The BBC is giving web developers and designers outside of the organisation access to its content so that they can "create cool new things".
The BBC is letting anyone build new applications with its content
Called backstage.bbc.co.uk, it gives people who create computer programs, applications or graphics the chance to put their stamp on BBC digital content.
At this beta stage, which is an informal launch, it aims to drum up interest and proposals for prototypes.
Launching formally this summer, there has been significant interest already.
The backstage.bbc.co.uk project offers a collection of feeds, and plans to offer APIs, and other tools for "re-mixing" and re-purposing the BBC's offerings in more flexible ways.
"We want to promote innovation and creativity on the net by opening access to some of BBC's content and services," co-project leader Ben Metcalfe told the BBC News website.
"Essentially, backstage.bbc.co.uk is enabling developers to create new contexts and user experiences around BBC content, like creating alternative ways to navigate, or remixing it with content and services from other providers like Yahoo."
Examples might eventually include new ways of presenting BBC weather information that makes it more personal, or different and fun ways to search entertainment material.
The BBC made a commitment in its response to last year's Graf Report, which appraised what the BBC does online, to support social innovation and help user efforts.
Part of that, said Mr Metcalfe, is to develop an open community where people can share expertise, ideas, and collaborative efforts.
The project aims to stimulate a UK market for creative venture capital too.
Licence fee payers and those outside of the UK, as well as professionals and non-professionals of any age, are free to join the network.
If there is a proposal that look promising, the BBC might take it further in collaboration with the developer.
But people are equally free to create prototypes on their websites which they can share with others too, for non-commercial use.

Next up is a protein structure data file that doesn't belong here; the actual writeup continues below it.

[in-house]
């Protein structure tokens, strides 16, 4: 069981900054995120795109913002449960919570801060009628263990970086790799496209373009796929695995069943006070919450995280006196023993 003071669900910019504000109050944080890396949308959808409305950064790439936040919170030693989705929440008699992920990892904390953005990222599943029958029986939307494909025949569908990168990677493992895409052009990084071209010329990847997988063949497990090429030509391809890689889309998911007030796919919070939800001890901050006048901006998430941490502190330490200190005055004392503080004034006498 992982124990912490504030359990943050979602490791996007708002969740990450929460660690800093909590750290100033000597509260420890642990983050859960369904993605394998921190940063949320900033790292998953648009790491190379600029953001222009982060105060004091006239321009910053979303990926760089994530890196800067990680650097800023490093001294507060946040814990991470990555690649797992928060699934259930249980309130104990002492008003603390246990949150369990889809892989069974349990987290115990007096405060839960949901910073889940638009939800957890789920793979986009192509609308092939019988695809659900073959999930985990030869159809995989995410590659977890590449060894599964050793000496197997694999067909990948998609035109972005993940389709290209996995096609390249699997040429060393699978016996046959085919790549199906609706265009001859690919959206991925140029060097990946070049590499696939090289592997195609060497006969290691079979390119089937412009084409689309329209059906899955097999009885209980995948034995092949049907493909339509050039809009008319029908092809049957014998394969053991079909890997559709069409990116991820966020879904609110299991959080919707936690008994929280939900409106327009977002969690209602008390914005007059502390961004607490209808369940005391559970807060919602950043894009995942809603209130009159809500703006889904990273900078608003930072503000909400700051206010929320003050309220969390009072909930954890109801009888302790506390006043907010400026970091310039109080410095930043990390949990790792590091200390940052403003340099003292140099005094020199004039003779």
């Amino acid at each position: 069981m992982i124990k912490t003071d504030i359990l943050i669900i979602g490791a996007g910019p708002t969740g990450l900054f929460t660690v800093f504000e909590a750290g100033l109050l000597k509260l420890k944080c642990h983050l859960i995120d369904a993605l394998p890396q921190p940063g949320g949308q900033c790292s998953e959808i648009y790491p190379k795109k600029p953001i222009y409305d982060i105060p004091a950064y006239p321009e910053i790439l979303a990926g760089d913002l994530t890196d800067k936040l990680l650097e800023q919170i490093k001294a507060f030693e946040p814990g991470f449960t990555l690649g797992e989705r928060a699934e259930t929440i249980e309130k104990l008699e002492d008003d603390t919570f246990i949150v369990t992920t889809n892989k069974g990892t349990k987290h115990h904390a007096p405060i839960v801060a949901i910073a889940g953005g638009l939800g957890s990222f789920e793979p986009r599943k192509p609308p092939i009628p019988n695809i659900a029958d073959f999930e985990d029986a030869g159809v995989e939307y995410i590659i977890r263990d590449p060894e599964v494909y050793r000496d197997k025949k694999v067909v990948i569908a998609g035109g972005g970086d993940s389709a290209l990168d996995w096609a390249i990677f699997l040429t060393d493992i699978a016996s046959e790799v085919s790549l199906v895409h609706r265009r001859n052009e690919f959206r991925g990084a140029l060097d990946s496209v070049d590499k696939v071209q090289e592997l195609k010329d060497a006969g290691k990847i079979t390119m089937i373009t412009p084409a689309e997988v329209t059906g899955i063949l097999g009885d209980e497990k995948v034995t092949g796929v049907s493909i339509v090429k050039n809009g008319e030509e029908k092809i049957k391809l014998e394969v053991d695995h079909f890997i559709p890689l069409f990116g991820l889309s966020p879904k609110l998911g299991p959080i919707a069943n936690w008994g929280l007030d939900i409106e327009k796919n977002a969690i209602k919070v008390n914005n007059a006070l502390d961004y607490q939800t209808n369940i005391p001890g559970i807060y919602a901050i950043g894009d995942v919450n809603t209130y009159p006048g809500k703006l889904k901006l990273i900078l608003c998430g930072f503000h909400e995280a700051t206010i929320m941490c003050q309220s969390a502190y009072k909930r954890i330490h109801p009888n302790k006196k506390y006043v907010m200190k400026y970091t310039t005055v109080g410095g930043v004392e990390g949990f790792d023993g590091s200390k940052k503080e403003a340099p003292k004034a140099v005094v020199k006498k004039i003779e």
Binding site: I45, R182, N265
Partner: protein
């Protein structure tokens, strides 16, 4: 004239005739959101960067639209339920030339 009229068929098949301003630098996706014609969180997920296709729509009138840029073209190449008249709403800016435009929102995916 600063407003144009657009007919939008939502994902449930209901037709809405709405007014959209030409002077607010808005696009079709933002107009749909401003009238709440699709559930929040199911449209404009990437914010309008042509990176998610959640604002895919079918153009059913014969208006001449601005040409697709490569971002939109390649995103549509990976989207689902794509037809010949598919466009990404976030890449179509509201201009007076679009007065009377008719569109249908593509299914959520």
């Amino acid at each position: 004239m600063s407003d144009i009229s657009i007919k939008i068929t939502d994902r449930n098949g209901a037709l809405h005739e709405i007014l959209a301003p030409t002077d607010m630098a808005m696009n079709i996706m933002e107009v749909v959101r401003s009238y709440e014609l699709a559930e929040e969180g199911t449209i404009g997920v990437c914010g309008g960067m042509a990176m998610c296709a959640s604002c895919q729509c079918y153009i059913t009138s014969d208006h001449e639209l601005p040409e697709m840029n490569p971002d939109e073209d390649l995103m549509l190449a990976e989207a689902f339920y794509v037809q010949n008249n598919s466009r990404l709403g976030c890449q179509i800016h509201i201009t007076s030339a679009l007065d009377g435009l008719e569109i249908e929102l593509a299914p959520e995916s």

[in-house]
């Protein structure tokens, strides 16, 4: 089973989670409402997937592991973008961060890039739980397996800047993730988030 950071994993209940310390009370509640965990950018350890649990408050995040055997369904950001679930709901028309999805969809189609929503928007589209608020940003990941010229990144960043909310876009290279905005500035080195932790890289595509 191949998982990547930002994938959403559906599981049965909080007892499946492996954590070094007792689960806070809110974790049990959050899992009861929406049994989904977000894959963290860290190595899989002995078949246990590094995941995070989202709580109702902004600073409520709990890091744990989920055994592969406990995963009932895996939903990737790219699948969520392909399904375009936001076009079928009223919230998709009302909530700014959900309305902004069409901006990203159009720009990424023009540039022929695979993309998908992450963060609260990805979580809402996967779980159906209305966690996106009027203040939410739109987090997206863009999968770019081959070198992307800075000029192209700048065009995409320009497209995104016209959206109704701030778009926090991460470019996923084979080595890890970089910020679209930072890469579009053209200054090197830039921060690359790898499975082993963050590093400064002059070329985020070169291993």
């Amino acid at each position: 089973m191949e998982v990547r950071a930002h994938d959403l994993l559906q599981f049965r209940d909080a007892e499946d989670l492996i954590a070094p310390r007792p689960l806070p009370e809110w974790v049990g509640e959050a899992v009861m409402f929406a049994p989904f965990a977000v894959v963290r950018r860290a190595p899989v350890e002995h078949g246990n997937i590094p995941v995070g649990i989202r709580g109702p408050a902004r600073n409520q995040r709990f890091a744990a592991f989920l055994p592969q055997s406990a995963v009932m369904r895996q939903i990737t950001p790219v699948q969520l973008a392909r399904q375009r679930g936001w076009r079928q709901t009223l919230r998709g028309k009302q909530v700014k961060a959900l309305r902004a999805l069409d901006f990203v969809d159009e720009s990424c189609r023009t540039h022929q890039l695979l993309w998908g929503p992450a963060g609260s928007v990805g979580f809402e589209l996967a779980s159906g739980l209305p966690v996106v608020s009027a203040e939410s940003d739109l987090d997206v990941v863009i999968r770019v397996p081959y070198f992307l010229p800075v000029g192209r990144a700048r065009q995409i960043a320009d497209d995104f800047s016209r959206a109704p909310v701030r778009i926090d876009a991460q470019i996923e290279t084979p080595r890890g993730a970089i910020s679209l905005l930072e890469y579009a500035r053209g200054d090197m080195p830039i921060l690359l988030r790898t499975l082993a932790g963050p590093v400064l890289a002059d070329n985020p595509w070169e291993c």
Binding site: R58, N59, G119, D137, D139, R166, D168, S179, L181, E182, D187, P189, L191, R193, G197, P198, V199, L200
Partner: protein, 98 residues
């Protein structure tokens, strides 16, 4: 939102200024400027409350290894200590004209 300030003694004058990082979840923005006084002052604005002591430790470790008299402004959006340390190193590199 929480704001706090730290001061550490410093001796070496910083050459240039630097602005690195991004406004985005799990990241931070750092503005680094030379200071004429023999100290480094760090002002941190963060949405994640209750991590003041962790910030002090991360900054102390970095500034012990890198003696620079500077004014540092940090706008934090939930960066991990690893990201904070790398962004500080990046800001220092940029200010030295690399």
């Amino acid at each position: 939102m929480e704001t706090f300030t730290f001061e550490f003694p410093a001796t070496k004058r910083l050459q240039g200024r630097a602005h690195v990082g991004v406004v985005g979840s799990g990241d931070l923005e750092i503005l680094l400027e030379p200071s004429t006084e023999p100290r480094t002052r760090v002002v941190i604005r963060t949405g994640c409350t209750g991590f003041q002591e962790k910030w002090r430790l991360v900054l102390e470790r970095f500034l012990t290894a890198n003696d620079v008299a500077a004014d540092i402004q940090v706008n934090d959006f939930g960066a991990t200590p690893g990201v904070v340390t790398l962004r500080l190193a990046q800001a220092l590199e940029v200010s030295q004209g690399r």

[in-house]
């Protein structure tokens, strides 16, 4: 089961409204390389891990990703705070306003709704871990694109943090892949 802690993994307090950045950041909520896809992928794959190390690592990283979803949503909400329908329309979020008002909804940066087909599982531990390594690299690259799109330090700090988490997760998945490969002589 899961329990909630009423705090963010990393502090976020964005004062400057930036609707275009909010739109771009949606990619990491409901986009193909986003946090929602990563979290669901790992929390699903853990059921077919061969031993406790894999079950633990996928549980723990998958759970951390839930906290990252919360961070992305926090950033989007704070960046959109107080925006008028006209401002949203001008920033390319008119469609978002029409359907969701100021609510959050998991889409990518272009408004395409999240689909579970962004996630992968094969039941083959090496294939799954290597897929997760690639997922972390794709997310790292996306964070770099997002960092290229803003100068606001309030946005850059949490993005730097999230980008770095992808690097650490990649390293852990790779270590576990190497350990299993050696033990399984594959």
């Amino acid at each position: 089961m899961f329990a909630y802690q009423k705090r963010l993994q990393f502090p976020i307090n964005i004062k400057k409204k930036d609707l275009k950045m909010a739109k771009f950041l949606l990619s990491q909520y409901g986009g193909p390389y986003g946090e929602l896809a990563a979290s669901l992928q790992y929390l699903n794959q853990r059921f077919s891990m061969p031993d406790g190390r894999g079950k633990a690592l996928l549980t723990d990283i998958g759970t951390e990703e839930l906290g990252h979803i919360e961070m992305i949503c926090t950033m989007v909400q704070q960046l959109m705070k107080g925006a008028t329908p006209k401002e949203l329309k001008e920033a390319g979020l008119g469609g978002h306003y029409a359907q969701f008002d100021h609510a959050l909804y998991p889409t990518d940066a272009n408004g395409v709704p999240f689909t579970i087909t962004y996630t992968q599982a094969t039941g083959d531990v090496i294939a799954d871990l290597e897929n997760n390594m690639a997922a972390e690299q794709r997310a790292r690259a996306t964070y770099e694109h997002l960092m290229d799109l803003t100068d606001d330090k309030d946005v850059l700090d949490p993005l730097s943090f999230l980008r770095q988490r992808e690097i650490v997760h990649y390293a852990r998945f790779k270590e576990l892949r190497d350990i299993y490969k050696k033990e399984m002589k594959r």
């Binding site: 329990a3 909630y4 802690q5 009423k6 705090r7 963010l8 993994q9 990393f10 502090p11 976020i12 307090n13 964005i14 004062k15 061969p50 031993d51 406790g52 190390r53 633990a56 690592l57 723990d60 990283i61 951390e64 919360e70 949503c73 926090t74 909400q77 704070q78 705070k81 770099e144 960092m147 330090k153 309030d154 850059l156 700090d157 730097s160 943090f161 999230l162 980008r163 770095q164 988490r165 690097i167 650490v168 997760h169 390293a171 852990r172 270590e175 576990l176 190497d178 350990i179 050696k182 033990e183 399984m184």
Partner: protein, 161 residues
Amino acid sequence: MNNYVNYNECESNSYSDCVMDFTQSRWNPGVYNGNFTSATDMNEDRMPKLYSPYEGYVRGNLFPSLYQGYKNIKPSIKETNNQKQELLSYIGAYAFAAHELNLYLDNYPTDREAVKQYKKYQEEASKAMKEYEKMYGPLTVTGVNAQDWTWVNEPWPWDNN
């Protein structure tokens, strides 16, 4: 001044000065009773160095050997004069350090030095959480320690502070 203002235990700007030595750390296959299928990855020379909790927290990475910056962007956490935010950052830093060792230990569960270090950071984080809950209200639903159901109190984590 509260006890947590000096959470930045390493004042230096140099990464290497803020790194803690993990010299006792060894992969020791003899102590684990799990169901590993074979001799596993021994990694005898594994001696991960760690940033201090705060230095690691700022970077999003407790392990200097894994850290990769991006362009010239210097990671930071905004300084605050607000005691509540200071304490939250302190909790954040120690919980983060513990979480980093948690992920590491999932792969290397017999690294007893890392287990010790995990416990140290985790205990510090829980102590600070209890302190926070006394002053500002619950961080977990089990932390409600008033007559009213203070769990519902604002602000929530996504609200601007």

BBC CONTENT AVAILABLE
BBC Community feeds
Radio and Music feeds
If a proposal looks interesting to a company other than the BBC, they are free to take them further too.
This might be relevant for an application for a specific device, such as a personal digital assistant, on which the BBC could not justify spending licence fee money.
The content currently available is mostly text-based but other content is being looked at.
The beta launch this week is aimed at getting developers to offer suggestions about what type of material with which they would like to experiment.
It is a significant move for a major content provider like the BBC, said Mr Metcalfe, and is part of the wider drive within the corporation to reduce restrictions on content as much as possible.
"We want to identify online talent and exciting propositions that use that talent and showcase that to the world. We want people to have fun with our content as well," explained Mr Metcalfe.
By opening up what is called its "API" - application program interface - and its content feeds to the outside world, anyone with the right skills can use BBC digital content to create new search tools, or creative ways of displaying that content.
APIs will be released gradually, as negotiations with other parts of the BBC take place.
It has taken six months to finalise agreements on use of material available so far.
An API is essentially a set of computer protocols and tools for building software applications.
It makes it easier to create a computer program by providing all the building blocks which a programmer can put together in different ways.
Colr Pickr is an example of how people have used Flickr's API
Other companies, such as the popular photo sharing site Flickr, have let people make innovative web applications using its API.
Some have built Flash-based applications, such as photo viewers like the Colr Pickr, that show photos according to which colour is selected on a colour palette.
Other net giants, such as Google and Yahoo, have also made their APIs available for programmers to create applications.
The idea of opening up material to communities of developers is one which is strongly advocated by Lawrence Lessig, a Stanford University law professor, who pioneered Creative Commons licences.
These make it possible to allow people to do things with an individual or company's content, but with an understanding of what is permitted under that agreement, and what is not.